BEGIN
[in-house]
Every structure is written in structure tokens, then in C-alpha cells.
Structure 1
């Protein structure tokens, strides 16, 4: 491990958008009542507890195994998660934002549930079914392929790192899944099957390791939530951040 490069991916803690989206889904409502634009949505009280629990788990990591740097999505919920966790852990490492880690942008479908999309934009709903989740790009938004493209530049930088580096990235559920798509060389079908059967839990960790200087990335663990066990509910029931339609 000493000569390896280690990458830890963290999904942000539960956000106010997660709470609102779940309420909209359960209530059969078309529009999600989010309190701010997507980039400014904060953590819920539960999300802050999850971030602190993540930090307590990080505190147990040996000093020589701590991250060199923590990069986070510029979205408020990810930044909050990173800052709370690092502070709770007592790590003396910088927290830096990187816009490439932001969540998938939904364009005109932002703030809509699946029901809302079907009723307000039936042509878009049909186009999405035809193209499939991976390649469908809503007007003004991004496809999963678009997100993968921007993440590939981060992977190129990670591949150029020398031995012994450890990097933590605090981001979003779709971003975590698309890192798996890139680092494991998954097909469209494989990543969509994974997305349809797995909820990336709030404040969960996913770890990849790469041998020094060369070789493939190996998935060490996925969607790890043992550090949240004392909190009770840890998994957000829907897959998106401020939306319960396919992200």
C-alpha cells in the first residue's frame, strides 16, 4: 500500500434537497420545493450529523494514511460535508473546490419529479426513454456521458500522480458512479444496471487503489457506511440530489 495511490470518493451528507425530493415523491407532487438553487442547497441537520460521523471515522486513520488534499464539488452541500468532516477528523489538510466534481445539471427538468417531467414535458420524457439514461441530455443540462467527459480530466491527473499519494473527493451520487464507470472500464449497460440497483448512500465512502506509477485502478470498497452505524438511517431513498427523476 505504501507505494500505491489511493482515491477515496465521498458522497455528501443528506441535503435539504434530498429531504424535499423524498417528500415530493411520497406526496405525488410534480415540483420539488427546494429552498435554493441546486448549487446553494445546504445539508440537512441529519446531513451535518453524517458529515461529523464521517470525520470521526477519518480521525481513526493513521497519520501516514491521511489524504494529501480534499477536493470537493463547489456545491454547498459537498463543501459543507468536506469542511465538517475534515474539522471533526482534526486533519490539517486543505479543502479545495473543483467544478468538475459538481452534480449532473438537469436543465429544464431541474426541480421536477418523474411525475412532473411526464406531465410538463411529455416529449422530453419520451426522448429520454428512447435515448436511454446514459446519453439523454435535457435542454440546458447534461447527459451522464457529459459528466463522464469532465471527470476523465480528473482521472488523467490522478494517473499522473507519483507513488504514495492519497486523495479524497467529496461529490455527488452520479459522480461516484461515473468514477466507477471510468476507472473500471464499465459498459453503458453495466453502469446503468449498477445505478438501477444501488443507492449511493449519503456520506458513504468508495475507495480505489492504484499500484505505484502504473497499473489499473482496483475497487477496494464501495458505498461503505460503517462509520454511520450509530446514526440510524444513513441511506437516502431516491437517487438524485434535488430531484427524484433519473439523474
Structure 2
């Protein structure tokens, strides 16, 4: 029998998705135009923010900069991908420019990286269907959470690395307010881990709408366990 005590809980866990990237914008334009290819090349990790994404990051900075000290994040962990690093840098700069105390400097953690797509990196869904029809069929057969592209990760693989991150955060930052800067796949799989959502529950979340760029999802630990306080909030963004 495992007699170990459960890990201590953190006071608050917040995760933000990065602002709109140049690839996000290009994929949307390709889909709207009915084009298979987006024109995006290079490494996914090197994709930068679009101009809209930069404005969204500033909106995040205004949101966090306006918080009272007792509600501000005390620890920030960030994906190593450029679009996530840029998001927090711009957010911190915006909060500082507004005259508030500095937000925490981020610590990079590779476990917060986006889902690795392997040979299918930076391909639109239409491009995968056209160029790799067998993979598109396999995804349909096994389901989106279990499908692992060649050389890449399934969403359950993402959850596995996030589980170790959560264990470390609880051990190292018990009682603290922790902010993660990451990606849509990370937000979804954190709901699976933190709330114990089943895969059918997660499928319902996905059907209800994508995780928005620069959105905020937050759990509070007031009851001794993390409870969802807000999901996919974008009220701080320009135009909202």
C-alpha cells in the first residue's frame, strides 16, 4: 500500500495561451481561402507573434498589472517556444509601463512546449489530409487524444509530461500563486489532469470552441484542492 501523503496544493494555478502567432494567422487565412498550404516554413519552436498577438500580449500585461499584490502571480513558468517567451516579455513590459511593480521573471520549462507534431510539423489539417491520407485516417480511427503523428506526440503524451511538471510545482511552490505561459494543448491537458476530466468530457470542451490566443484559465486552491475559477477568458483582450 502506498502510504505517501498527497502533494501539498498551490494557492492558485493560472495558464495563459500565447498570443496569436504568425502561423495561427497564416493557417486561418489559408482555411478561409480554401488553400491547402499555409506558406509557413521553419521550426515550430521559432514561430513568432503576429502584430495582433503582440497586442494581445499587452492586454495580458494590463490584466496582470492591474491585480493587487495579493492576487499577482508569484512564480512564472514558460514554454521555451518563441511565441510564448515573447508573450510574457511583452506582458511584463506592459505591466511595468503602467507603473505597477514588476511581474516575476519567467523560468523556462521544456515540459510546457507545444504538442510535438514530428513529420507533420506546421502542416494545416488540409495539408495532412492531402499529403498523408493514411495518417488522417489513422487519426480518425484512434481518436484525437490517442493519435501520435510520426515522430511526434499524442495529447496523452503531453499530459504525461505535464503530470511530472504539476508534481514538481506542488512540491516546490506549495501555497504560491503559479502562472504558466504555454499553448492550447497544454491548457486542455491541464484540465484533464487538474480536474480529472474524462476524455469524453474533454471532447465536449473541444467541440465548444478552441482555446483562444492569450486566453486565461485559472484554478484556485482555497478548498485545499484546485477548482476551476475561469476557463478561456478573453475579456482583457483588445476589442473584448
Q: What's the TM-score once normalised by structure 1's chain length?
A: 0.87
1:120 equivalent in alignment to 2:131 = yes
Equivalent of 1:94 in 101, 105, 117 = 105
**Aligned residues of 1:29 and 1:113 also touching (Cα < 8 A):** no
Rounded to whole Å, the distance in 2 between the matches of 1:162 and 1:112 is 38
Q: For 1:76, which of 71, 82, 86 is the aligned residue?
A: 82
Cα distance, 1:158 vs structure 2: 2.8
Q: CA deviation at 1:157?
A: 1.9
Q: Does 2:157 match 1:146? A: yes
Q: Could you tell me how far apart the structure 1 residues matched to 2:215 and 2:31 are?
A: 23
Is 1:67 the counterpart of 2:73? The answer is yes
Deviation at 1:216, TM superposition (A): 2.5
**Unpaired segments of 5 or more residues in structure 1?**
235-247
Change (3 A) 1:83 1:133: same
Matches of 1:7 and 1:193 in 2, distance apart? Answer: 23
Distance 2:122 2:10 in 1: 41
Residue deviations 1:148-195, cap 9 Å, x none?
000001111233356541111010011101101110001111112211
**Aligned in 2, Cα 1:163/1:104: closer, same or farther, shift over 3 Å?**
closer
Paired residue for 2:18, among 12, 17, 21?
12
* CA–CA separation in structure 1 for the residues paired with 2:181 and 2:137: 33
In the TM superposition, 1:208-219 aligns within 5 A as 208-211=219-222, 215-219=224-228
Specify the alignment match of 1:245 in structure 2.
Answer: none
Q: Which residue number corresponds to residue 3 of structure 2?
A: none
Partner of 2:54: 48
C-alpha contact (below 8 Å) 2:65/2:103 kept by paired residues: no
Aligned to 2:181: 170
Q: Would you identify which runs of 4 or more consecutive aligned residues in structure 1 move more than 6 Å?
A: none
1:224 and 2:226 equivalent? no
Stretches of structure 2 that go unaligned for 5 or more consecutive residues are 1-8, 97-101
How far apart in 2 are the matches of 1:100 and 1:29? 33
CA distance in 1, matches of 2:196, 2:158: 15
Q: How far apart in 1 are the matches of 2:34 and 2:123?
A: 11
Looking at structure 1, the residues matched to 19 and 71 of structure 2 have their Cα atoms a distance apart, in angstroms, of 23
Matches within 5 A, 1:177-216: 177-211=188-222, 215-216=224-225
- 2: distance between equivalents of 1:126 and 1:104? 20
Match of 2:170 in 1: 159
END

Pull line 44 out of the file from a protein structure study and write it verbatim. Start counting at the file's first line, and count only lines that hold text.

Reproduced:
Aligned to 2:181: 170